HTML and CSS Reference
In-Depth Information
drawCanvas: function() {
if(this.touchEnabled) {
if(this.joypadEnabled) {
The drawCanvas method is the primary method that needs to be called each frame to draw the controls.
This method works only for Canvas-based games. This method calls two helper methods: drawButtons and
drawJoypad . drawJoypad further calls a helper method called drawCircle to draw the outer and inner
joypad circles.
drawButtons loops over each of the controls and draws a square with a text character on top of it to
identify the button. It also checks the state of each keypad button so that buttons currently depressed are drawn
highlighted. The method uses the textAlign and textBaseline attributes of the Canvas to center the
text in the buttons. These are discussed in detail in Chapter 15, “Learning Canvas, the Hero of HTML5.” The
fillText method can be slow, so in production you'll most likely want to replace the text buttons with im-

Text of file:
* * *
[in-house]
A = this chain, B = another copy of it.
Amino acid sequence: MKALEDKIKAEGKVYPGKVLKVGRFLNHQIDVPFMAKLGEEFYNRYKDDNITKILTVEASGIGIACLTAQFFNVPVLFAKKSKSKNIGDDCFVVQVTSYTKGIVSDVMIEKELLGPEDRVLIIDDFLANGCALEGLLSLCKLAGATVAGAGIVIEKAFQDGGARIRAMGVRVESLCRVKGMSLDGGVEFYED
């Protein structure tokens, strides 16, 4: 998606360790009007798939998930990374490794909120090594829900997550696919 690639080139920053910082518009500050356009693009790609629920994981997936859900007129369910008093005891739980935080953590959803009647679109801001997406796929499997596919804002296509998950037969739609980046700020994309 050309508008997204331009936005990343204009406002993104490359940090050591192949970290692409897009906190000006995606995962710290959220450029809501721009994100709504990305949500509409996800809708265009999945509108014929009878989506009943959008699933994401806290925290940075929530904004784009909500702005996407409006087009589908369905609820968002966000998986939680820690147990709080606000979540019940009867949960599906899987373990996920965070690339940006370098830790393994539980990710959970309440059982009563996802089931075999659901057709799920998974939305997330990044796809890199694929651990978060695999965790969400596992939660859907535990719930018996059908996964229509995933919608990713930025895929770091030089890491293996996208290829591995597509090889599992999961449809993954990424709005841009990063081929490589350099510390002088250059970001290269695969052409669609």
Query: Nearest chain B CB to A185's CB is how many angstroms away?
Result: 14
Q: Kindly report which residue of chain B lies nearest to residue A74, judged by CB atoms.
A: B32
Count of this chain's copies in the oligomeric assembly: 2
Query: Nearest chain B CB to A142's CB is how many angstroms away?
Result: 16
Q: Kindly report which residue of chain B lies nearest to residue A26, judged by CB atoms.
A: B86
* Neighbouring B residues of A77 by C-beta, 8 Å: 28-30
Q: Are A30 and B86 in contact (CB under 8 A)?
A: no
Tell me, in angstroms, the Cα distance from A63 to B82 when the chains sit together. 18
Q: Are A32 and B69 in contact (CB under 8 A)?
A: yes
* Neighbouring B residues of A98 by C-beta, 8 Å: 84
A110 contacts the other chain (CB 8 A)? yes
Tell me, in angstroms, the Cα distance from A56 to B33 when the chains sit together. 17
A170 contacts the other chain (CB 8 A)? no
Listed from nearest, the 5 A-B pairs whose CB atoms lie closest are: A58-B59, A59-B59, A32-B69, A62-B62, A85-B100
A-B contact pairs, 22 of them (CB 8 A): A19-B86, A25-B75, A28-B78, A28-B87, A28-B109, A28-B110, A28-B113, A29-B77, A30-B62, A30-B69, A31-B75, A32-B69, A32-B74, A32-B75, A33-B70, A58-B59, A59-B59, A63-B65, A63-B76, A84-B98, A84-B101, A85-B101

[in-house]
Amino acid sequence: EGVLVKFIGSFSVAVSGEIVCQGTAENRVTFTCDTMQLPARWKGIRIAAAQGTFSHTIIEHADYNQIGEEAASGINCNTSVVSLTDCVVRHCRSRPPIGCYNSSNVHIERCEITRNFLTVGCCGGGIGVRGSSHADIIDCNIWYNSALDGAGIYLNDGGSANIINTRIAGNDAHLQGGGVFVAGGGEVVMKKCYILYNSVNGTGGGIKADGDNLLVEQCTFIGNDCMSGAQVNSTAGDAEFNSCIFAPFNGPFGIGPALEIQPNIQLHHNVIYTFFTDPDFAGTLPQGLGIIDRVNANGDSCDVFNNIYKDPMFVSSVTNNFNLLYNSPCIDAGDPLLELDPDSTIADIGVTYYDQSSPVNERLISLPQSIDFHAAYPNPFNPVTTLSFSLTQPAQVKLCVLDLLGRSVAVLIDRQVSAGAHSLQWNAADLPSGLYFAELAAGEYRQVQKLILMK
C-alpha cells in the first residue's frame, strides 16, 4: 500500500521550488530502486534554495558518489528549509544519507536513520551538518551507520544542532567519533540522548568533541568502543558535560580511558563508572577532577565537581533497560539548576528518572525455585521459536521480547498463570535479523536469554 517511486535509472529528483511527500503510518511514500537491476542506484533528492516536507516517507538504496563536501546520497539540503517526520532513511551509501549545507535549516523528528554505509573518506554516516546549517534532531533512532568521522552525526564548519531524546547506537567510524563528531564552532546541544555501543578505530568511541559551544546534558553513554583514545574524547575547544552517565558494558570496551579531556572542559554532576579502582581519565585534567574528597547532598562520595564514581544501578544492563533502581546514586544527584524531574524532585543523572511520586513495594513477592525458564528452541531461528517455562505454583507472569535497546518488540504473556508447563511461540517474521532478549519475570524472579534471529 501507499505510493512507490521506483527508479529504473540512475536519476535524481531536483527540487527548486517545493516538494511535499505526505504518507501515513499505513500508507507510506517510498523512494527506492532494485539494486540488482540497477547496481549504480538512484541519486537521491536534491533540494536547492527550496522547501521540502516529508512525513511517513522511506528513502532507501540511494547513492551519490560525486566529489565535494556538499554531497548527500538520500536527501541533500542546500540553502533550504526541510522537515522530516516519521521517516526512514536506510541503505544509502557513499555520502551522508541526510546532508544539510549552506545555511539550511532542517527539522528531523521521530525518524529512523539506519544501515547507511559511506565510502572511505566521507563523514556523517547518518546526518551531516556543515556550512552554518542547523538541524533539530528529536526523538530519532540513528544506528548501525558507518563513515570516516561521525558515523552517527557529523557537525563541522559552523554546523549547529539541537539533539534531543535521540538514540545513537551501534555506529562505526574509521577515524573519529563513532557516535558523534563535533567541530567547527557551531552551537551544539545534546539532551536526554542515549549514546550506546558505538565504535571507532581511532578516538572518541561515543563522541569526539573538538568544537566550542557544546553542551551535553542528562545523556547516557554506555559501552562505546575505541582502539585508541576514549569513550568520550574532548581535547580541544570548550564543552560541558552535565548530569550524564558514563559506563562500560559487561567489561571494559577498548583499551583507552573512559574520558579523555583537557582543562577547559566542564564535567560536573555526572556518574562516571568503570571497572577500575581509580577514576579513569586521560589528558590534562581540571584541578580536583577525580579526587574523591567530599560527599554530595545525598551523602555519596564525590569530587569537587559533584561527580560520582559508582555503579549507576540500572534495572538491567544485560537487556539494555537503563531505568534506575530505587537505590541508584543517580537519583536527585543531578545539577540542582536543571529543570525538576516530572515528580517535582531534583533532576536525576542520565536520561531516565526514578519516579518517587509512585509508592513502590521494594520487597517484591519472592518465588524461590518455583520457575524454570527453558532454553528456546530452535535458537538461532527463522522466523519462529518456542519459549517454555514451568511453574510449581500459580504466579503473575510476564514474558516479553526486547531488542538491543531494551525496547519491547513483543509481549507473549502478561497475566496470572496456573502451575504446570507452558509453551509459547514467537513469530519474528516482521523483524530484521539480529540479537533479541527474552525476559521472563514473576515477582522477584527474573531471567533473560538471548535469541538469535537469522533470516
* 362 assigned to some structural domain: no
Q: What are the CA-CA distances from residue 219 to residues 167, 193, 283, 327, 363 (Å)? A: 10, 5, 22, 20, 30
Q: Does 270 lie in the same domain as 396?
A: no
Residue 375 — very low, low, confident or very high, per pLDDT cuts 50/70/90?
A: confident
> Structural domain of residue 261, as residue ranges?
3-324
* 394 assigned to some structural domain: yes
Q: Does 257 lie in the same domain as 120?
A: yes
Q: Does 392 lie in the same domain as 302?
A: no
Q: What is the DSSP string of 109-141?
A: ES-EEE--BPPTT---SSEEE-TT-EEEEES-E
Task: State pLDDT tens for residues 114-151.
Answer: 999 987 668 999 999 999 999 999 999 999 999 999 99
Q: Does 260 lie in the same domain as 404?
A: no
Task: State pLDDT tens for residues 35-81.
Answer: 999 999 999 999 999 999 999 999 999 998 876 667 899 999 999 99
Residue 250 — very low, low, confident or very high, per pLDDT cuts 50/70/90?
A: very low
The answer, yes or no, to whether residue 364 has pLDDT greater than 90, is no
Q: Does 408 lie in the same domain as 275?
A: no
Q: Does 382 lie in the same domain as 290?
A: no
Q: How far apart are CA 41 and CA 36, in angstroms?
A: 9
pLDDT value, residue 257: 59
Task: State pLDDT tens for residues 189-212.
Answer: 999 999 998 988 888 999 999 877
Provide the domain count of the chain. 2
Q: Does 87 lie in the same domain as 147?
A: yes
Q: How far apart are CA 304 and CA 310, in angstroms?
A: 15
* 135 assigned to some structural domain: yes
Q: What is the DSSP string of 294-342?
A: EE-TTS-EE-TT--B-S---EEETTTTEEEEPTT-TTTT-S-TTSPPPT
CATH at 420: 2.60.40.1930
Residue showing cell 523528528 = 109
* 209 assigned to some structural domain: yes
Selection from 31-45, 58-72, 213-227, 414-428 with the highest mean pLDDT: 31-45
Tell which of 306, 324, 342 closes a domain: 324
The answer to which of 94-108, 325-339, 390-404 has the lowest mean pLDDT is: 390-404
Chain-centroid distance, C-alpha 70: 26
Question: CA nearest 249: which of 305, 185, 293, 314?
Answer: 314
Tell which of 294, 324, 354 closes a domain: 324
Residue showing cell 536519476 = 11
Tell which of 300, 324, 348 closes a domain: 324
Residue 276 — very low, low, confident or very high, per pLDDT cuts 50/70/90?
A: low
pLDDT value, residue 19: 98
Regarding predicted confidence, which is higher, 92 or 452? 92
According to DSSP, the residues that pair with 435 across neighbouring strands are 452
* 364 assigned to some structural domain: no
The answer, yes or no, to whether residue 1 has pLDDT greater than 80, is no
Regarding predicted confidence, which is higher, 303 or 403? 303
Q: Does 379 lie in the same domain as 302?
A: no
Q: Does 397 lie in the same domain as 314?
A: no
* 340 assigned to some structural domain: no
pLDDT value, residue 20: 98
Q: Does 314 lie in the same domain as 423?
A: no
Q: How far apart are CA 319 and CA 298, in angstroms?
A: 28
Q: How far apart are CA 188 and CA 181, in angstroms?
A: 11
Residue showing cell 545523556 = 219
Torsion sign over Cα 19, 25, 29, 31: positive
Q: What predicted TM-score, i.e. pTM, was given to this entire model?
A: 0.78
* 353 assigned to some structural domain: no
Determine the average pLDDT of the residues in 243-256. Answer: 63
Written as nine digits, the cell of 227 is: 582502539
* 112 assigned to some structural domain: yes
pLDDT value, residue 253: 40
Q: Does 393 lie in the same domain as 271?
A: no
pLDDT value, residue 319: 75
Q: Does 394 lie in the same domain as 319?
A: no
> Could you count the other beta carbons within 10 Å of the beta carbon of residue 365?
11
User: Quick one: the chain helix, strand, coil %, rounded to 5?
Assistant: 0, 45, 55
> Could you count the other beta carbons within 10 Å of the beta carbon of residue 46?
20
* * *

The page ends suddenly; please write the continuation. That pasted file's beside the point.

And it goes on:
drawCircle uses the arc command with a fill to draw a circle. drawJoypad calls this twice: once for
the outer larger circle and once for the center circle. See Chapter 15 for a description of the Canvas API in
Finishing and Testing the Input
The Quintus.Input module is now feature complete. The only thing that could still be added is a little bit
of helper glue code—to help users get up and running quickly—and an HTML file to test the whole thing.
Based on the assumption that the most common usage for the input system is either a two-way keypad with
a and b buttons or a four-way joypad with a and b buttons, you can add a simple helper method to the top-level
Quintus module to set up just that, along with the desktop fallback keyboard controls. Add the code in Listing
10-8 below the definition for Q.input .
Listing 10-8: The controls helper method
Q.input = new Q.InputSystem();
Q.controls = function(joypad) {
if(joypad) {
controls: [ [],[],[],['action','b'],['fire','a']]
} else {
Search WWH ::

Custom Search